During the pandemic, many – if not the vast majority of us – have been subject to novel social circumstances, the most salient being our removal from the familiar arenas of work and leisure: the office and factory, the pub and club. Withdrawn into our domestic arena, we’ve had to face up in some instances to family units that were, we realised, not nurturing for their members, and in others to an isolation that we began to experience as loneliness. Under such circumstances, is it any wonder that we cross that line and reach for the bottle, or the spliff – just as we reach for the remote so as to substitute a softly glowing screen for the harsher reality we find hard to cope with?

We will have to wait some years for the complete picture to emerge, yet anecdotal evidence and a few early statistics suggest that while some people have been drinking and drugging more since the first UK lockdown began in March 2020, overall consumption may have fallen. Retail sales of alcohol might have increased – by some estimates as much as 20% – but the wholesale collapse of the hospitality industry (one analysis puts the decline in sales on licensed premises at 90%) has more than offset this. With drugs, all we have to go on are the police statistics, and while these show a marked increase in arrests for both the possession and the supply of drugs, this could be simply because interdiction becomes more effective when the streets are empty. Certainly, round my ’hood, if you see a young
man travelling at speed on an (illegal) electric scooter, wearing athleisure and a mini-Adidas bag in sporran position, the odds are that he may be on his way to being just such a statistic.

But I live in Brixton, south London, where the culture is a little different to that of the rest of the UK – including effective toleration of marijuana use, if not supply. But such is the nature of intoxication: it’s a cultural matter. However, throughout the 20th century, and – I’d argue – as a function of industrialisation and medicalisation, intoxication came to be seen in an increasingly binary fashion. Alcohol is the prime example: on the one hand, it’s a truth universally acknowledged that there’s nothing more life-enhancing than a drink; on the other, all right-thinking people (and authorities) agree that there’s nothing more self-destructive.

Alcohol was, is and possibly always will be sold to us on the basis that it strengthens social bonds through collective enjoyment and even shared ecstasy. Simultaneously, it’s a scourge and a demon – the one product besides tobacco that’s on open sale but comes with a stiff health warning against its overuse. Or, at least, it does now. Back when the founding father of psychology, William James, was writing on the subject in the early 1900s, licensing laws were laxer, yet he had no hesitation in asserting, “The only known cure for dipsomania is religiomania.” But as the century gathered pace, the good/bad discourse regarding chronic or addictive drinking shifted to a mad/sane one.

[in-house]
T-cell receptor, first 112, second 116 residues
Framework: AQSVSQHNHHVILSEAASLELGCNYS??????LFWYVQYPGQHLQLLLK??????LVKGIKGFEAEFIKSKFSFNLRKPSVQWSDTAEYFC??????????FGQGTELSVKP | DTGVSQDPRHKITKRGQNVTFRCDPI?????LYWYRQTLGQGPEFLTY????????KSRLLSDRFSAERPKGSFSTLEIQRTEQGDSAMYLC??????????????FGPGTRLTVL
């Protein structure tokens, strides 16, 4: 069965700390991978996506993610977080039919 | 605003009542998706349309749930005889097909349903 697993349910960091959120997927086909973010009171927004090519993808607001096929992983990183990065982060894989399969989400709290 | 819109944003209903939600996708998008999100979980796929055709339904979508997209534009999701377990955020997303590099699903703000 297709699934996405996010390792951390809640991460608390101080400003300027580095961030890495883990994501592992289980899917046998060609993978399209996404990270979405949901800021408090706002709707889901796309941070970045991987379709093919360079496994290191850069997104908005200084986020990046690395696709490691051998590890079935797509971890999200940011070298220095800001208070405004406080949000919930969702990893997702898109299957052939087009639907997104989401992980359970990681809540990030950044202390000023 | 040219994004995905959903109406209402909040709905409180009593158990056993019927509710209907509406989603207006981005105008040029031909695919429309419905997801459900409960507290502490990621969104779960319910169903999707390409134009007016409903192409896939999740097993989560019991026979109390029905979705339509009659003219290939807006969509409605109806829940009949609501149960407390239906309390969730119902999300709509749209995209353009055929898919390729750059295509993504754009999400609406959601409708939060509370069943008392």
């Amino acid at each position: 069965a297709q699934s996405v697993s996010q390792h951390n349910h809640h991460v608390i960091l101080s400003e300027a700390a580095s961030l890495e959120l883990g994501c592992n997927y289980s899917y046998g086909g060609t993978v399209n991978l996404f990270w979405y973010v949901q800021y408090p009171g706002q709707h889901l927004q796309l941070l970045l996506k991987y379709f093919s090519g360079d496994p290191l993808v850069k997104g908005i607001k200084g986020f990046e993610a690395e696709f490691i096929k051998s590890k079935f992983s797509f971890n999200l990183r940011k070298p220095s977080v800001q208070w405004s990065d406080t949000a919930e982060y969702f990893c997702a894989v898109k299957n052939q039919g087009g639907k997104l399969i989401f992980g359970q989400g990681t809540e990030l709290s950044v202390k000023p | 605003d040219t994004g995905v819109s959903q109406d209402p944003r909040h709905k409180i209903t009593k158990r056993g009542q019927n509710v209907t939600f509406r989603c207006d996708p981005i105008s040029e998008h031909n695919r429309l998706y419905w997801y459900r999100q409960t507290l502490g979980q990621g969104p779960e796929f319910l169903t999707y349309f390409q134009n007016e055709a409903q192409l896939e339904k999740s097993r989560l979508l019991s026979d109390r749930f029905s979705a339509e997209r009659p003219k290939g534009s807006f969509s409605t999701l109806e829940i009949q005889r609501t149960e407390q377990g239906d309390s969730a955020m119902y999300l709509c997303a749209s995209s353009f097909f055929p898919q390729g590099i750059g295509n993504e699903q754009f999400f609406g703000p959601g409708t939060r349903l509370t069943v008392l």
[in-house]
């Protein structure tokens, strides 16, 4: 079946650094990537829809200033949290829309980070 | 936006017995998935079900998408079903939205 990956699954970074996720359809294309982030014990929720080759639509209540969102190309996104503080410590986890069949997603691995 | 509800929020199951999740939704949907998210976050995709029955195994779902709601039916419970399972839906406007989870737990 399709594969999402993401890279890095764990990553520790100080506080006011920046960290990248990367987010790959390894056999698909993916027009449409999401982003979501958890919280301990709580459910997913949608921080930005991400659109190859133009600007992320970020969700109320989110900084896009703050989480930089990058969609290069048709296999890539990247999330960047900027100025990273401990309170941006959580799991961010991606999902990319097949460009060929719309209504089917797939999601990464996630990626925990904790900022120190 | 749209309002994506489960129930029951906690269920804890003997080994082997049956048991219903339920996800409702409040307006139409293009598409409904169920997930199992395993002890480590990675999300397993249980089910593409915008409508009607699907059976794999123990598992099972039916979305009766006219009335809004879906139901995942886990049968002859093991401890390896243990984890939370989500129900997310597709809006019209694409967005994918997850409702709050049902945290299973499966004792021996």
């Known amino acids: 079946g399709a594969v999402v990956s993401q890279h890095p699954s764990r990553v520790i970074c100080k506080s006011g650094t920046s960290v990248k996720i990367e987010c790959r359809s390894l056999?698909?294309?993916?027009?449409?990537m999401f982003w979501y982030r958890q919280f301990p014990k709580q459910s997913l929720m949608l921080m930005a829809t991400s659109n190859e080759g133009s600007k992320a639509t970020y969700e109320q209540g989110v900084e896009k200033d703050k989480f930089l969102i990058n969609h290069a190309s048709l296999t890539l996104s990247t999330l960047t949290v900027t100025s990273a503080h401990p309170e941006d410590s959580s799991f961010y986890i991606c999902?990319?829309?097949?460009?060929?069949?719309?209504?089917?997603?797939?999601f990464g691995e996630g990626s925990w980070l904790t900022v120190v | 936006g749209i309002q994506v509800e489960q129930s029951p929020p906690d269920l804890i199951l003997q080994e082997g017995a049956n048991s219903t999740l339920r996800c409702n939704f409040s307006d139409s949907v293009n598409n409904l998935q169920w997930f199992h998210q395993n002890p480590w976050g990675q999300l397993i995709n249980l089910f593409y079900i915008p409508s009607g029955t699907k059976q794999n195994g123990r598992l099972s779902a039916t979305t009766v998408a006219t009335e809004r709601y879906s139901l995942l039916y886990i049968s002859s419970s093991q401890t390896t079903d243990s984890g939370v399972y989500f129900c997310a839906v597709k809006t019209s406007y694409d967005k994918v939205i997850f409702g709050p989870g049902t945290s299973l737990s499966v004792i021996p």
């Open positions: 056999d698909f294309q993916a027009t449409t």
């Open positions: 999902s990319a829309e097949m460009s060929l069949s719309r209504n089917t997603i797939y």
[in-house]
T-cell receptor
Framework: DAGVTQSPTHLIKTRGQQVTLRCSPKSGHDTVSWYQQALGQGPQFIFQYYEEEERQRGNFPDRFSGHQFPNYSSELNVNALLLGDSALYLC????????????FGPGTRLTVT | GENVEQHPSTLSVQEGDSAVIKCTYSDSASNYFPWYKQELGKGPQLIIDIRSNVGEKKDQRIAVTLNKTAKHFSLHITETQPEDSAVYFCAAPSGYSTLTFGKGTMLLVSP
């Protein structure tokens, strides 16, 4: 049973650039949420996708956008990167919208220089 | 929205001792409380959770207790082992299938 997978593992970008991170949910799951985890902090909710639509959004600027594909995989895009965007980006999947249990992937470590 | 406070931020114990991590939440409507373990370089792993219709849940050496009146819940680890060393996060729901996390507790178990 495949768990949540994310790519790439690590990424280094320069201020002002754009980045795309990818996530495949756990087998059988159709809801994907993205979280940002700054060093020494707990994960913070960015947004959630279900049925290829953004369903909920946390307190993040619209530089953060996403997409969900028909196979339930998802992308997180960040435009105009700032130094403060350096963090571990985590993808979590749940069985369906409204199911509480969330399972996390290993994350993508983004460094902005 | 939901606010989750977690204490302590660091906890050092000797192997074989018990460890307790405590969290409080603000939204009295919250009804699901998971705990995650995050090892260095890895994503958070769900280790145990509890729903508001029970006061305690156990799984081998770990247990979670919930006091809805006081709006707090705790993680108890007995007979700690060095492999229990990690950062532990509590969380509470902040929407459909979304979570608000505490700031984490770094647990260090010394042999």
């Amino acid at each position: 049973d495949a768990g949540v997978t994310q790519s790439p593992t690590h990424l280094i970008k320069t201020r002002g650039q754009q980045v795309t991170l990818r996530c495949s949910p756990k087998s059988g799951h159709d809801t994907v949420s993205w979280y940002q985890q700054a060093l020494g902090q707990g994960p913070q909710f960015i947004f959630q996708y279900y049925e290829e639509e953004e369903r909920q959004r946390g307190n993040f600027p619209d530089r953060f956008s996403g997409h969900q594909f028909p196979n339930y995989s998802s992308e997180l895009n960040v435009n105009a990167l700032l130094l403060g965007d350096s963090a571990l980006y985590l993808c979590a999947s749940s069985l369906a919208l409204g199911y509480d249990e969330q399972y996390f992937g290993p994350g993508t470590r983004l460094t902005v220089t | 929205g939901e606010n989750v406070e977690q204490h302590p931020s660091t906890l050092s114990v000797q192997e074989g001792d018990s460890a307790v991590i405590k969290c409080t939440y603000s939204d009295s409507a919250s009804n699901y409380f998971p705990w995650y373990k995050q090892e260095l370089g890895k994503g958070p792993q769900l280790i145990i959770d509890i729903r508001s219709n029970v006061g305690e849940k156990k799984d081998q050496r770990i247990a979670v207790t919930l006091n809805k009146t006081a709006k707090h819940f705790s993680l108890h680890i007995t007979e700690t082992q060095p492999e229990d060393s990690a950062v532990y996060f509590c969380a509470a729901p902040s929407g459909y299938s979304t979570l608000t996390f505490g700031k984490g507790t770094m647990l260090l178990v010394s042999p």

Forging Bonds

We needn’t be caught up in any of these binary relationships with intoxicants, whether imposed on us by doctors or priests. One of my favourite book titles of all time is Constructive Drinking. A selection of essays and academic papers, edited by the doyenne of structural anthropology, Mary Douglas, it deals with how people from radically different cultures use intoxicants positively. In her introduction, Douglas observes that from the anthropological perspective, “Problem drinking is very rare, and alcoholism seems to be virtually absent even in many societies where drunkenness is frequent, highly esteemed and actively sought.”

It’s a conclusion that will be surprising to those steeped in a medical-sociological approach that begins from the established fact of degradation caused by booze. But Douglas goes further: “The ethnographic viewpoint has not only added to our understanding of the range of variation in human beliefs and behaviours with respect to alcohol, but to the fundamental realisation that many of the outcomes of its use are mediated by cultural factors rather than chemical, biological or other pharmaco-physiological factors.”

“It intensifies existing moods. Drinking alone can make us feel lonelier.”

Shorn of the jargon, the above seems conformable, to me, with the erstwhile acid guru Timothy Leary’s concept of “set and setting”: the notion that to the basic pharmacology of any intoxicant needs to be added the attitude of the person who takes it and the setting within which this ingestion takes place, in order to understand its overall effects. This contention is pretty obvious to anyone with much experience of intoxicants. We all know the difference between sitting morosely in our cups and carousing merrily as we clink them with others. Alcohol in particular – which does have a basic chemical effect that disinhibits – can seem to intensify existing moods, rather than altering them altogether, with the result that if we drink alone we can often end up feeling lonelier, just as if we drink in company, we can end up feeling deliriously connected to one and all.